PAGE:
The geologist's latest methane report, released in January of this year, called for establishment of a surveillance system to identify danger spots, "but it just hasn't gotten off the ground," he said.
The system was supposed to be funded through legislation drawn up by state Sen. David A. Roberti (D-Los Angeles), but California Department of Conservation officials said earlier this month that the city had missed its chance to collect its $129,000 allocation.
The money went to Huntington Beach and Newport Beach instead.
Jeff Druyun, an analyst for the Los Angeles City Council, said that the city first wanted to use the money to buy a $500,000 mobile laboratory that would roam the streets of the Fairfax District to "sniff" for possible methane leaks.
After that was rejected by state officials, the city decided that the problem was "far more complicated than otherwise appeared," that there was no way to know if any action would prove to be helpful or dangerous, and that it might expose the city to costly lawsuits, Druyun said.
"The amount of money that the state had available was insufficient to meet the problems," he said, adding that the municipal code makes it clear that property owners are responsible for the safety of their premises.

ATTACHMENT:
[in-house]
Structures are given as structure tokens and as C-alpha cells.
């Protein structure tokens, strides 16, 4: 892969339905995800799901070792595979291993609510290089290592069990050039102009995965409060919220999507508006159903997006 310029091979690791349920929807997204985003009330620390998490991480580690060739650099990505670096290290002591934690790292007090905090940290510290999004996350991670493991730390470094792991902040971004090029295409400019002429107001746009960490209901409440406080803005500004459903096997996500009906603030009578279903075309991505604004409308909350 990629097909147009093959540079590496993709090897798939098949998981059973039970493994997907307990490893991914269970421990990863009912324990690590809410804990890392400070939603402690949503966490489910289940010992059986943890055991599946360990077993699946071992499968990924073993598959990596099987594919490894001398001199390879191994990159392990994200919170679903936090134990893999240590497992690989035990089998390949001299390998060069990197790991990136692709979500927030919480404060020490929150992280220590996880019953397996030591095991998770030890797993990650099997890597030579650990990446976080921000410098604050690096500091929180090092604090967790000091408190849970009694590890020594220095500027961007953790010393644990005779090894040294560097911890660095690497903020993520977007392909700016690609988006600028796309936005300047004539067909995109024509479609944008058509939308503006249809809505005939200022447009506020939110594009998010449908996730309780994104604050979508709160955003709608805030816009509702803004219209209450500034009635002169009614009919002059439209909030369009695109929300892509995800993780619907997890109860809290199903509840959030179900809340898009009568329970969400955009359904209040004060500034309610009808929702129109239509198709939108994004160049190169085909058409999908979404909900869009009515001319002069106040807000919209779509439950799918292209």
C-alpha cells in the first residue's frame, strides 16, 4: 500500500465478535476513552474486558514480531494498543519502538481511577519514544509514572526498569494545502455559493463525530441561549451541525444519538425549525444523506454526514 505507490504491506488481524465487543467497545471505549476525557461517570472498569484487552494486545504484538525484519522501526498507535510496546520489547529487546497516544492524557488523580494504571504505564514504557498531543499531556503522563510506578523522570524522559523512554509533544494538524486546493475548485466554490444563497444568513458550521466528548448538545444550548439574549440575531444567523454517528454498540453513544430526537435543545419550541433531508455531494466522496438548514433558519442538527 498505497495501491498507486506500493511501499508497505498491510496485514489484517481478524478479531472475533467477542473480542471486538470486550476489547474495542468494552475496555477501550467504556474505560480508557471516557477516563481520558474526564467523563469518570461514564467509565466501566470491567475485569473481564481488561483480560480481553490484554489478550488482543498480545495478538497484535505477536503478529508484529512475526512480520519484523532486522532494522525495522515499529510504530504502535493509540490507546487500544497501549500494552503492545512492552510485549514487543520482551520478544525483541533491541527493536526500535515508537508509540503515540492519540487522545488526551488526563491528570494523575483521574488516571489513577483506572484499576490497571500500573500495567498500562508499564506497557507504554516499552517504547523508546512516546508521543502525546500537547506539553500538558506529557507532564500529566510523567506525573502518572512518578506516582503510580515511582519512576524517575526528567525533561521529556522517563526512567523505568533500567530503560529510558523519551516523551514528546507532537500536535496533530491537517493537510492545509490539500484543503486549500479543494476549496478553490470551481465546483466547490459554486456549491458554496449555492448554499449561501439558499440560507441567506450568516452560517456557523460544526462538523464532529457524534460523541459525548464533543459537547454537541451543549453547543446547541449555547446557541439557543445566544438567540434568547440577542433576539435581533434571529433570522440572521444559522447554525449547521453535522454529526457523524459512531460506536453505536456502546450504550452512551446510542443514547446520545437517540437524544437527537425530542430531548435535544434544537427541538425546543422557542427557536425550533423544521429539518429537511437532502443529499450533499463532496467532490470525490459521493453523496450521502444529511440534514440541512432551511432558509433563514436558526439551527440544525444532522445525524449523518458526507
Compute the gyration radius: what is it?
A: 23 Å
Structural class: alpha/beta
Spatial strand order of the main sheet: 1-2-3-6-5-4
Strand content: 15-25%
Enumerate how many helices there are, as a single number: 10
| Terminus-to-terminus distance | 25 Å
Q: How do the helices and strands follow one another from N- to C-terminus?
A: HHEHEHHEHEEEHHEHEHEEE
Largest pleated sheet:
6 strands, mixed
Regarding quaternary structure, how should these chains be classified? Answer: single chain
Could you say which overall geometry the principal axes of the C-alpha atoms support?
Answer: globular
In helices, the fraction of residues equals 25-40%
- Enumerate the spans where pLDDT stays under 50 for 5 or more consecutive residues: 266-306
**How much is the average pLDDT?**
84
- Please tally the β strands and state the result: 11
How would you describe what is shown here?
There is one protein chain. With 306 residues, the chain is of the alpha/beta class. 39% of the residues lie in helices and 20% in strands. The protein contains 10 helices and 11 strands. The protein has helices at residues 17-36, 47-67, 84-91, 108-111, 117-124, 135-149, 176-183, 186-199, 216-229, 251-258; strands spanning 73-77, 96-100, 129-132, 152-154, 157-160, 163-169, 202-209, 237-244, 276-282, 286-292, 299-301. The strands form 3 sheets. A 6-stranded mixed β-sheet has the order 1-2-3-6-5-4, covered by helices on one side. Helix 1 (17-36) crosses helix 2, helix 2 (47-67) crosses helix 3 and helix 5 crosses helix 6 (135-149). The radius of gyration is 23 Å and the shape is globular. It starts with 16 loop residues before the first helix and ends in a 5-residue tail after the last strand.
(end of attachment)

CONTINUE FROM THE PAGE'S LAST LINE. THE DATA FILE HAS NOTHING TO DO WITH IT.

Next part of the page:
But Roberti said Thursday that he found the city's failure to act inexplicable.
"It was written specifically for them," the senator said. "Anything you do, you run a litigation risk, but there's a greater hazard involved, and it's going to be an endless hazard unless we totally mitigate the situation."
Litigation can be costly. Although the fire in the clothing store happened almost six years ago, attorneys for the 21 injured shoppers and store employees only recently settled with the last of the defendants in the complex case.
Court records indicate that, as of October, the victims had won damages totaling at least $850,000.
In the largest known payment, the May Co. stores, which owned the property at the time, and the Metropolitan Life Insurance Co., which sold it two months before the fire, jointly paid out $500,000.
Sources familiar with the case said that McFarland Energy Inc., which operates a nearby oil field, settled for a larger sum, but the amount was sealed by court order.
Attorneys for the victims and for McFarland did not return telephone calls seeking comment on the case, but a letter from McFarland attorney Russell S. Wollman said the oil firm was settling, even though it has "consistently maintained that it is not liable for the fire/explosion."